In A Snap, Snapchat's In Trouble And More On This Week's CTRL ALT Delete Segment On CHOM 97.7 FM

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Every Monday morning at 7:10 am, I am a guest contributor on CHOM 97.7 FM radio out of Montreal (home base). It’s not a long segment – about 10 minutes every week – about everything that is happening in the world of technology and digital media. The good folks at CHOM 97.7 FM are posting these segments weekly on i Heart Radio, if you’re interested in hearing more of me blathering away about what’s going on in the digital world. I’m really excited about this opportunity, because this is the radio station that I grew up listening to, and it really is a fun treat to be invited to the Mornings Rock with Terry DiMonte morning show. The segment is called, CTRL ALT Delete with Mitch Joel.

This week we discussed: 

  • Is everything going sideways at Snapchat? Is this the beginning of the end? Last week, Kylie Jenner tweeted about how she doesn’t seem to be engaged with Snapchat all that much anymore. That wiped out over $1.5 billion of their market cap. Then, The Guardian asked whether or not Snapchat is still relevant, because of their recent redesign scandal. Then, it was reported that Snapchat’s 27 year old CEO, Evan Spiegel, earned $637.8 million in 2017. A record-high payout for a CEO. Wow… talk about a rollercoaster of a week!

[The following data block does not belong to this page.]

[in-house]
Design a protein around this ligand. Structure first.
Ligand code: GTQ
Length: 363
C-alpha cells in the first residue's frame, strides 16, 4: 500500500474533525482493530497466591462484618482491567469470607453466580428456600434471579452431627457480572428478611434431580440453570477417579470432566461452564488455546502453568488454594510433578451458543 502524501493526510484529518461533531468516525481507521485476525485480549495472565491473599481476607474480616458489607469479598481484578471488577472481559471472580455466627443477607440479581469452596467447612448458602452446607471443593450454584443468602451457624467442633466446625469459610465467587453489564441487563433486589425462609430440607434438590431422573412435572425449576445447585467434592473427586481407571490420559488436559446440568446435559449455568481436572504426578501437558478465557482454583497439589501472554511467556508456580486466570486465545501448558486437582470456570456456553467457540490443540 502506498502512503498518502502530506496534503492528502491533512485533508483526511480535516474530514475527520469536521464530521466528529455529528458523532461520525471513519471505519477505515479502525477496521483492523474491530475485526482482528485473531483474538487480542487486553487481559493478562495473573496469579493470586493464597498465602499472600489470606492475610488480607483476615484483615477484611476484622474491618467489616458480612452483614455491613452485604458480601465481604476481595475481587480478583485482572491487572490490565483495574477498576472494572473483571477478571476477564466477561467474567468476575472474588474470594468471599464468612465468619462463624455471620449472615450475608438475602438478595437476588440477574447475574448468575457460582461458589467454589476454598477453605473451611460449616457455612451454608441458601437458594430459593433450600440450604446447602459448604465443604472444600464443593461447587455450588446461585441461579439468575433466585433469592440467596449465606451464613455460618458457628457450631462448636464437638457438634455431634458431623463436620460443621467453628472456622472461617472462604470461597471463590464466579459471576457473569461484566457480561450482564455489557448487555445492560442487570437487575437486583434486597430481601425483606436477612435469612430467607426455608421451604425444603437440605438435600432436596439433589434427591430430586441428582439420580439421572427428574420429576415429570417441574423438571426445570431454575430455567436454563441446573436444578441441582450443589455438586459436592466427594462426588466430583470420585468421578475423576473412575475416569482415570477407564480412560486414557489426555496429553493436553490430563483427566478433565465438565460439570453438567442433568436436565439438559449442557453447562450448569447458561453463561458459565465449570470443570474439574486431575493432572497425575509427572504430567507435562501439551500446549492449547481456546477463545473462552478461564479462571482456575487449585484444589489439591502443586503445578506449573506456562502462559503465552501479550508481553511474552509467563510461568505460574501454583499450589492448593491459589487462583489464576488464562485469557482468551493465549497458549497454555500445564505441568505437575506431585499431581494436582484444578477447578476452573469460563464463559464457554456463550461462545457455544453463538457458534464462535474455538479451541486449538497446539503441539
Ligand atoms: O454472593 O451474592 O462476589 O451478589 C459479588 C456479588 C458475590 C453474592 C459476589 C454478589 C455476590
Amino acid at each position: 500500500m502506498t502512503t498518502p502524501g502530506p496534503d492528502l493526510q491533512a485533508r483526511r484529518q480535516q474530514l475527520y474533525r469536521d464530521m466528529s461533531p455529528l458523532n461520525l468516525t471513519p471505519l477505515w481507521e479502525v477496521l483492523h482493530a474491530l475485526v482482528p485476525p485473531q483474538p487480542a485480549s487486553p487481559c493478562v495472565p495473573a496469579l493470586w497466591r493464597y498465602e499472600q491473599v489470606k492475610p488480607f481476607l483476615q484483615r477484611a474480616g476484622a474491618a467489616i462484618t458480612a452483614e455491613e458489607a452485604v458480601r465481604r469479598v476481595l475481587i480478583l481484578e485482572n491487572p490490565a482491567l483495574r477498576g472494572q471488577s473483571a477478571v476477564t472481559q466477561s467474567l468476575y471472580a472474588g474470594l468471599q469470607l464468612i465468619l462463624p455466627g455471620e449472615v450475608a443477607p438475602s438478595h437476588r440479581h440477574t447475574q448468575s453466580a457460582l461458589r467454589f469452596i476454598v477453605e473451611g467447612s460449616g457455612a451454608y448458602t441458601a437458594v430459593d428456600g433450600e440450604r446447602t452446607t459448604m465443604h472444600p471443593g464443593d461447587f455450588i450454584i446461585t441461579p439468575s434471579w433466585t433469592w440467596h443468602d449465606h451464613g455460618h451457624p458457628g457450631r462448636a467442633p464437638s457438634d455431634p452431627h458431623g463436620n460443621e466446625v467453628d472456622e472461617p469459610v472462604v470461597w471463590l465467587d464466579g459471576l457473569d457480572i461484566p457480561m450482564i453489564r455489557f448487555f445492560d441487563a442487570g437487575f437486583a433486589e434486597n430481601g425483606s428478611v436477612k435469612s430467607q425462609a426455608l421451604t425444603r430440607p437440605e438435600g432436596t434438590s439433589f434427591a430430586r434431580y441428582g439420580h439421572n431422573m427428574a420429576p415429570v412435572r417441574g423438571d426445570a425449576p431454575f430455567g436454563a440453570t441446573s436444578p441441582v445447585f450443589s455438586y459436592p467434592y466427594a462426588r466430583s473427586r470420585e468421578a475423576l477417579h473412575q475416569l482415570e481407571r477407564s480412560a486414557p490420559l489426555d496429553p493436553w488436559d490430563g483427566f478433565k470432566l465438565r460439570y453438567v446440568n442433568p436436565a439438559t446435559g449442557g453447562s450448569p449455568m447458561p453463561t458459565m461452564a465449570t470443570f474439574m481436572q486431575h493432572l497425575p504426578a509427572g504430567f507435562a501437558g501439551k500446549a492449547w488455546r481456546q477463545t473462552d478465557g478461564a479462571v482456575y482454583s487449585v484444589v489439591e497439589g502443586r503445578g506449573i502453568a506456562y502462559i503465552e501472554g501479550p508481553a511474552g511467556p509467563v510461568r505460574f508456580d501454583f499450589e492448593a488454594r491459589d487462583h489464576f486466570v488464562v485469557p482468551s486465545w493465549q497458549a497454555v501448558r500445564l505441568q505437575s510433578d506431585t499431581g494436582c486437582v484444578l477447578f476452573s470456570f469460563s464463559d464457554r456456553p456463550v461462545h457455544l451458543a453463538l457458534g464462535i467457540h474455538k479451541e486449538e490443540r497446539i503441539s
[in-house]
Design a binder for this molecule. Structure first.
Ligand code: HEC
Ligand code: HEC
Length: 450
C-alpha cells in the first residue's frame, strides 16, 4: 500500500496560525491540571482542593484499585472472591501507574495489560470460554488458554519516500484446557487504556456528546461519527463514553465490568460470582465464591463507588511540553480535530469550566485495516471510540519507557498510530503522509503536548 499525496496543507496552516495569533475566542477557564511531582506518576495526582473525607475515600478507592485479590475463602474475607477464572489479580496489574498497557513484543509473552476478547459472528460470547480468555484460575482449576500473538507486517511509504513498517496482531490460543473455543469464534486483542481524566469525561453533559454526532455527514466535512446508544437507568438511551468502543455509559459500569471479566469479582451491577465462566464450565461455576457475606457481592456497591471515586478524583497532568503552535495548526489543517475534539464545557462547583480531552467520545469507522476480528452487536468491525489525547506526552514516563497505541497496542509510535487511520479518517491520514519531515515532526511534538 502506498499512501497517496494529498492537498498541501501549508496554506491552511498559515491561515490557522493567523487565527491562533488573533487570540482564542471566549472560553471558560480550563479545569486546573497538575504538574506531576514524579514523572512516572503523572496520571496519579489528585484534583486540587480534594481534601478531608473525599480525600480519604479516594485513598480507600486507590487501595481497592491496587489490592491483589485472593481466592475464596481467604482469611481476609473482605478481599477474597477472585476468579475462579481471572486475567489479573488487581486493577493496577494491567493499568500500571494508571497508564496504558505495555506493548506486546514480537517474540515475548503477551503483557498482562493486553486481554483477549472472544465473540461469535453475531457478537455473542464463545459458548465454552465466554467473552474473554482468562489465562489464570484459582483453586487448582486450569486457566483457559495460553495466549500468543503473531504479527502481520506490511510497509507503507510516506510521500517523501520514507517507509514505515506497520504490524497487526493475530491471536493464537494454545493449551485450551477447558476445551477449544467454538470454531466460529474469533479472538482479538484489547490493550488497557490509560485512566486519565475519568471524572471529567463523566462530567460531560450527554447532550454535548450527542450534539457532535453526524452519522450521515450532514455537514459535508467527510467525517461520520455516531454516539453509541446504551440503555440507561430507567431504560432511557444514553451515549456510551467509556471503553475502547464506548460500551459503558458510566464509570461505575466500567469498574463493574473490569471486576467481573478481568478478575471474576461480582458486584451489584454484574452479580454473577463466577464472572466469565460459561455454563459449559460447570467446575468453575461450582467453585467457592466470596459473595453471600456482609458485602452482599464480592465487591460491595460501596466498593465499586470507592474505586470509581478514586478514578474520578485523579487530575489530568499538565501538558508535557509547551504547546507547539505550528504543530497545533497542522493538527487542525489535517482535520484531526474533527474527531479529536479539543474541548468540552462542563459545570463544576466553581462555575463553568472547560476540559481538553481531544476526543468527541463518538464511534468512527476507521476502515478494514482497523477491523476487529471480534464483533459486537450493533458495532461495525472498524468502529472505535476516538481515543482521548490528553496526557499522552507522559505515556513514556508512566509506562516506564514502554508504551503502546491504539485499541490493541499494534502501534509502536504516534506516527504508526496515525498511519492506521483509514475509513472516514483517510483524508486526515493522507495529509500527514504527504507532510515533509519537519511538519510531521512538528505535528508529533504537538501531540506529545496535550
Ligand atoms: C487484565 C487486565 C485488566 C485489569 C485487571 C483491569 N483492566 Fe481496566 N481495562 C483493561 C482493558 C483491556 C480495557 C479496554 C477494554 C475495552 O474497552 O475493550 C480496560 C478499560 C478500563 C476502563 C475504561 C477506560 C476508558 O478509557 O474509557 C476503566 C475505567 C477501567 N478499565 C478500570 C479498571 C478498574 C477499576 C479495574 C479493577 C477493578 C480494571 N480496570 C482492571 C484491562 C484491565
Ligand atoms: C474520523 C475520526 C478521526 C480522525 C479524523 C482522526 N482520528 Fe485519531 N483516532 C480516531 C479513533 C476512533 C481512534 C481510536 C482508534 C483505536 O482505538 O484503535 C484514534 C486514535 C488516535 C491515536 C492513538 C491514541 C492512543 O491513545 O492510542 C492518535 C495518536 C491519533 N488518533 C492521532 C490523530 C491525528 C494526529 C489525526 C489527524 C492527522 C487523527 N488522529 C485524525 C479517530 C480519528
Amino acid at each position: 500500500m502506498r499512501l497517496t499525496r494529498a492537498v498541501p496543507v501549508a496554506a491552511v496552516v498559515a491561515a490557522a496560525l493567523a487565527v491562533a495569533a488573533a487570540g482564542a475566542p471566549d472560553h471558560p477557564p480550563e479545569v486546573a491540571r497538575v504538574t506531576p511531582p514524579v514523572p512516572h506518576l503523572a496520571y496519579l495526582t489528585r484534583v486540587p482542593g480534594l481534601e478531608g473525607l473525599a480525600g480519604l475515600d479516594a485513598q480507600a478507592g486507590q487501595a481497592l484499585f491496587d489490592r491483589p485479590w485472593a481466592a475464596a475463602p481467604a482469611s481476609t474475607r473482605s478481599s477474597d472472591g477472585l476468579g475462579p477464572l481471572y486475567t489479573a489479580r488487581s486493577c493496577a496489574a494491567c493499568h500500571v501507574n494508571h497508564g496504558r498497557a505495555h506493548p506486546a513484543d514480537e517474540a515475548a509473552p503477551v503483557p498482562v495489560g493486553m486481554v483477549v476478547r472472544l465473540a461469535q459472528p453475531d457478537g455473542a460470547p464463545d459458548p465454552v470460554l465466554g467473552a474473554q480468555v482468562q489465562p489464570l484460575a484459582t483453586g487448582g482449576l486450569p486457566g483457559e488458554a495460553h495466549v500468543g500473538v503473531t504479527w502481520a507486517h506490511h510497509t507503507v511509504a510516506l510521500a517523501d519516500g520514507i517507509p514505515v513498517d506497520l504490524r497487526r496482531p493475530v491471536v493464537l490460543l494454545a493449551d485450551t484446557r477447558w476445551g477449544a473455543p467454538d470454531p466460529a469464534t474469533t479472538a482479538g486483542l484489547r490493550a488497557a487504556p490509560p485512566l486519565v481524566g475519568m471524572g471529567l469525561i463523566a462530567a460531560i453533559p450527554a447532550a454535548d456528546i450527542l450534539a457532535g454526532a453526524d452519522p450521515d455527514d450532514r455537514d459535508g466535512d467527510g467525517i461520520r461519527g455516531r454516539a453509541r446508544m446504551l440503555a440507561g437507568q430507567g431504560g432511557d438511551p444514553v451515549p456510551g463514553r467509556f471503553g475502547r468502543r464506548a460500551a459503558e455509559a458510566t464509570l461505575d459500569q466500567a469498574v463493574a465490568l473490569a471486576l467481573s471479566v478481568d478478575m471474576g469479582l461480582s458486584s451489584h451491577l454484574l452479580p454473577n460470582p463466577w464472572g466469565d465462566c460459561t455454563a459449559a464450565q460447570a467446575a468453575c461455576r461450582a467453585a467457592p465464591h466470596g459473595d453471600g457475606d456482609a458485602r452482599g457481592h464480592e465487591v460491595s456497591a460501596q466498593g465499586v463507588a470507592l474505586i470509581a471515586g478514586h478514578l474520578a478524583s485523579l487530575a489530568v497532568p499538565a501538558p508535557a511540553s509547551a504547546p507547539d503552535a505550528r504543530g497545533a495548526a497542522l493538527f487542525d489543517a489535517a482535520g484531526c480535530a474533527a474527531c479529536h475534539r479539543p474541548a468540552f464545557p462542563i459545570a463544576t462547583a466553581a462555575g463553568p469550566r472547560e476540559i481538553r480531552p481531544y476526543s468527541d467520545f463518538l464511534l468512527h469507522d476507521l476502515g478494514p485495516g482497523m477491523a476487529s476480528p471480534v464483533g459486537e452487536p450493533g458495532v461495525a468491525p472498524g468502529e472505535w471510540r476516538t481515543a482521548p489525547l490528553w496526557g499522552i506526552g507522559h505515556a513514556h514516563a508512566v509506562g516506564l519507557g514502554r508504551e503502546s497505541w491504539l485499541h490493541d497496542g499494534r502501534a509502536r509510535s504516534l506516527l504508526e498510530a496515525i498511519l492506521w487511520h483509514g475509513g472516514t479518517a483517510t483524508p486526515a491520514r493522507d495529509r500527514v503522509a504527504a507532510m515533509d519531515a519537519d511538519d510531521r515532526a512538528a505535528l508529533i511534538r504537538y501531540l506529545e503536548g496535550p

• Do you have ad-blocking software running? Last Thursday, Google updated their web browser, Google Chrome, so that it bans ads that initiate full-page pop-ups, blaring videos that start without the consumer initiating them, and those ads with the annoying (and never-ending) countdown clocks by default for both mobile and desktop computers. Is filtering out disruptive ad experiences the right move?
  • Google also announced some pretty cool advancements in the artificial intelligence space. Their latest algorithm can predict heart disease by simply looking at your eyes. “By analyzing scans of the back of a patient’s eye, the company’s software is able to accurately deduce data, including an individual’s age, blood pressure, and whether or not they smoke. This can then be used to predict their risk of suffering a major cardiac event — such as a heart attack — with roughly the same accuracy as current leading methods.”
    App of the Week: Unclutter for MacBook computers.